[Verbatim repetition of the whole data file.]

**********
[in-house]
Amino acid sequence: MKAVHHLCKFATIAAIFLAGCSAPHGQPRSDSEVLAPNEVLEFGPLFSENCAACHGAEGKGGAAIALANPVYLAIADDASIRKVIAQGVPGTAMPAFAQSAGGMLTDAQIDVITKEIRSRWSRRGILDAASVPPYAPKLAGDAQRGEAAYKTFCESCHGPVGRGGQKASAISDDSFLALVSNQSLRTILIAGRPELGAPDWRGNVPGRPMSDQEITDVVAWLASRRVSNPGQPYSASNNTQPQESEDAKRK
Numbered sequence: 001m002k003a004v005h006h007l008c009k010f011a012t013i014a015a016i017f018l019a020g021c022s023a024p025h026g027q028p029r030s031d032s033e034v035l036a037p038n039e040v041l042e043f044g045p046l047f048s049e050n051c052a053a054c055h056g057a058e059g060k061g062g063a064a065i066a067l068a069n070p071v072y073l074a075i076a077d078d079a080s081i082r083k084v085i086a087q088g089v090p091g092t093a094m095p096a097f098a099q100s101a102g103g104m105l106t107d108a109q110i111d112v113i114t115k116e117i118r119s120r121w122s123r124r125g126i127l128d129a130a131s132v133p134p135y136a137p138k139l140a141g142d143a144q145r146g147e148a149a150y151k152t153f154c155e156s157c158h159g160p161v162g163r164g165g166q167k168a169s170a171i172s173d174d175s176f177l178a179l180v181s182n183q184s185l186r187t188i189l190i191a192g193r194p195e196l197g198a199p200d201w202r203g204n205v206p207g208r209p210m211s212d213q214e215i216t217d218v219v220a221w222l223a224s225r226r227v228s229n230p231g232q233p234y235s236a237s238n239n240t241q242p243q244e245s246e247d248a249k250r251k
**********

[in-house]
Amino acid sequence: MKAVHHLCKFATIAAIFLAGCSAPHGQPRSDSEVLAPNEVLEFGPLFSENCAACHGAEGKGGAAIALANPVYLAIADDASIRKVIAQGVPGTAMPAFAQSAGGMLTDAQIDVITKEIRSRWSRRGILDAASVPPYAPKLAGDAQRGEAAYKTFCESCHGPVGRGGQKASAISDDSFLALVSNQSLRTILIAGRPELGAPDWRGNVPGRPMSDQEITDVVAWLASRRVSNPGQPYSASNNTQPQESEDAKRK
Numbered sequence: 001m002k003a004v005h006h007l008c009k010f011a012t013i014a015a016i017f018l019a020g021c022s023a024p025h026g027q028p029r030s031d032s033e034v035l036a037p038n039e040v041l042e043f044g045p046l047f048s049e050n051c052a053a054c055h056g057a058e059g060k061g062g063a064a065i066a067l068a069n070p071v072y073l074a075i076a077d078d079a080s081i082r083k084v085i086a087q088g089v090p091g092t093a094m095p096a097f098a099q100s101a102g103g104m105l106t107d108a109q110i111d112v113i114t115k116e117i118r119s120r121w122s123r124r125g126i127l128d129a130a131s132v133p134p135y136a137p138k139l140a141g142d143a144q145r146g147e148a149a150y151k152t153f154c155e156s157c158h159g160p161v162g163r164g165g166q167k168a169s170a171i172s173d174d175s176f177l178a179l180v181s182n183q184s185l186r187t188i189l190i191a192g193r194p195e196l197g198a199p200d201w202r203g204n205v206p207g208r209p210m211s212d213q214e215i216t217d218v219v220a221w222l223a224s225r226r227v228s229n230p231g232q233p234y235s236a237s238n239n240t241q242p243q244e245s246e247d248a249k250r251k